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J Thorac Cardiovasc Surg. 2012 Jan;143(1):178-85. doi: 10.1016/j.jtcvs.2011.09.015. Epub 2011 Oct 19.

Preoperative predicted risk does not fully explain the association between red blood cell transfusion and mortality in coronary artery bypass grafting.

Author information

1
Division of Cardiac Surgery, Henry Ford Hospital, Detroit, Mich 48202, USA. gpaone1@hfhs.org

Abstract

OBJECTIVE:

Perioperative red blood cell transfusion is associated with increased morbidity and mortality after coronary artery bypass grafting (CABG). Whether transfusion is a cause of these outcomes or serves as a surrogate for a high-risk patient population remains uncertain. This retrospective study tested the hypothesis that increased preoperative risk profile of patients receiving transfusion would explain the relationship between red blood cell transfusion and operative mortality in isolated CABG.

METHODS:

A total of 31,818 patients undergoing isolated CABG were entered into a statewide collaborative database between January 2006 and June 2010. With the Society of Thoracic Surgeons risk calculator, patient cohorts were stratified into 4 groups by predicted risk of mortality (PROM) of less than 2%, 2% to 5%, more than 5% to 10% and more than 10%. The association between blood transfusion and mortality was tested at each stratum with a χ(2) test. A Breslow-Day test for homogeneity of odds ratios was used to test whether the 4 odds ratios of the strata were similar, and a Cochran-Mantel-Haenszel test was used to test the association between blood transfusion and mortality while controlling for predicted risk mortality strata.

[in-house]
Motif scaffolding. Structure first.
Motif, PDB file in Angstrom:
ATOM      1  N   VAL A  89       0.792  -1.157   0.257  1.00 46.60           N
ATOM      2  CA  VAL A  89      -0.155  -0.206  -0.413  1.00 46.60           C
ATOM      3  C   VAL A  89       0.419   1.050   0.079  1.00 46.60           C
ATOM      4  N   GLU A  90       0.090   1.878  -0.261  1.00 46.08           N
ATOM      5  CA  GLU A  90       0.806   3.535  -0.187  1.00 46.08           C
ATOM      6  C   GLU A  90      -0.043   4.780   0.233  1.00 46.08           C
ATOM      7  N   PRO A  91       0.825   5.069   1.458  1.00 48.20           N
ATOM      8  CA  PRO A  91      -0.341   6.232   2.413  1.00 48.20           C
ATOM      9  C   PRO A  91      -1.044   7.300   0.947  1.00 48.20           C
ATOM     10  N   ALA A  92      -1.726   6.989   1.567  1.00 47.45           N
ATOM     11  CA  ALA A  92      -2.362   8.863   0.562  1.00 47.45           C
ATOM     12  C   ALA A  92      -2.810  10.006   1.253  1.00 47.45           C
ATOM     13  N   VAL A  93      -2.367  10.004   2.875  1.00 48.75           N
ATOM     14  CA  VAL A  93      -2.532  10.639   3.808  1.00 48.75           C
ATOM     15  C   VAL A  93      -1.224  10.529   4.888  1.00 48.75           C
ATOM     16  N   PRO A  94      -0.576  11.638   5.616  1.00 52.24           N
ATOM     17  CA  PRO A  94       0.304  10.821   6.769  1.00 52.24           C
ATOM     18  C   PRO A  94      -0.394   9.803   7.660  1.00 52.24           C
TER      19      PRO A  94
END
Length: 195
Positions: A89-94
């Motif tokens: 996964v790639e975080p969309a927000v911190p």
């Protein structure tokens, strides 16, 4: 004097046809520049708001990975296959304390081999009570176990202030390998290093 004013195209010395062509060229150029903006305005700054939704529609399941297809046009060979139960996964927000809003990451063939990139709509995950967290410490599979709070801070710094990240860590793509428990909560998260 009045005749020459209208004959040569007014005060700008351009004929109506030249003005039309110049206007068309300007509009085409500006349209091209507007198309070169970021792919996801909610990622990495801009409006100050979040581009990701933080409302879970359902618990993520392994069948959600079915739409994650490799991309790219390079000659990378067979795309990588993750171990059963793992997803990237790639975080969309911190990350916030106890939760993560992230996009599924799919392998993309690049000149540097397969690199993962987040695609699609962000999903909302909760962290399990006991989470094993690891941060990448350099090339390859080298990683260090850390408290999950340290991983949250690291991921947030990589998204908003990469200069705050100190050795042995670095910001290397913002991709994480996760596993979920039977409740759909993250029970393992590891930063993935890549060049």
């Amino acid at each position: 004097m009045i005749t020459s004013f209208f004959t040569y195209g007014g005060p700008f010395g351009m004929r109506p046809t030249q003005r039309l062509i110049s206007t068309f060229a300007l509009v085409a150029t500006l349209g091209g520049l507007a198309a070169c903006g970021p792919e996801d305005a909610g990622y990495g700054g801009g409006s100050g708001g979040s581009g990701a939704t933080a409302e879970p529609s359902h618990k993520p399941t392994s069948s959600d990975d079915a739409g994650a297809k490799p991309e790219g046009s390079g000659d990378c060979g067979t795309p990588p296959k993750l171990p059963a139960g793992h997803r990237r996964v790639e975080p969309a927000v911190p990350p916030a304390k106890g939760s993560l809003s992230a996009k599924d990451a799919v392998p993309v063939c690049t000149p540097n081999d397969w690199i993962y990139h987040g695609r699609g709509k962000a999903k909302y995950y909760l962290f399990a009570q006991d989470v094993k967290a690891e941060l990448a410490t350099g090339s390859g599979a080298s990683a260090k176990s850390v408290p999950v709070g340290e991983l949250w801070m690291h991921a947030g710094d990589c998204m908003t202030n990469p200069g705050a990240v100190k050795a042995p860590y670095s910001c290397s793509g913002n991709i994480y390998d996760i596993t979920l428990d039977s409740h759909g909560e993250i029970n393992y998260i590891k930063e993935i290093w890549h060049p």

RESULTS:

In all, 17,720 (55.7%) of all patients were transfused during the hospitalization. Incidence of transfusion increased stepwise with risk level; 93.3% of patients with PROM greater than 10% received blood. Operative mortality was 2.1% overall, 0.6% among the 44.3% of patients who were not transfused, and 3.3% in the transfused group (odds ratio, 6.19; P < .0001). The association between blood transfusion and mortality was significant within each predicted risk stratum. Increased mortality associated with transfusion was statistically equivalent across all predicted risk strata (P = .1778). The association between blood transfusion and mortality for all patients lessened somewhat when controlling for PROM (odds ratio, 2.99 vs 6.19), yet remained highly significant (P < .0001).

CONCLUSIONS:

The association between red blood cell transfusion and mortality after CABG is highly significant and independent of increased preoperative risk status. The correlation persists after controlling for increased PROM.

PMID:
22014719
DOI:
10.1016/j.jtcvs.2011.09.015
[Indexed for MEDLINE]
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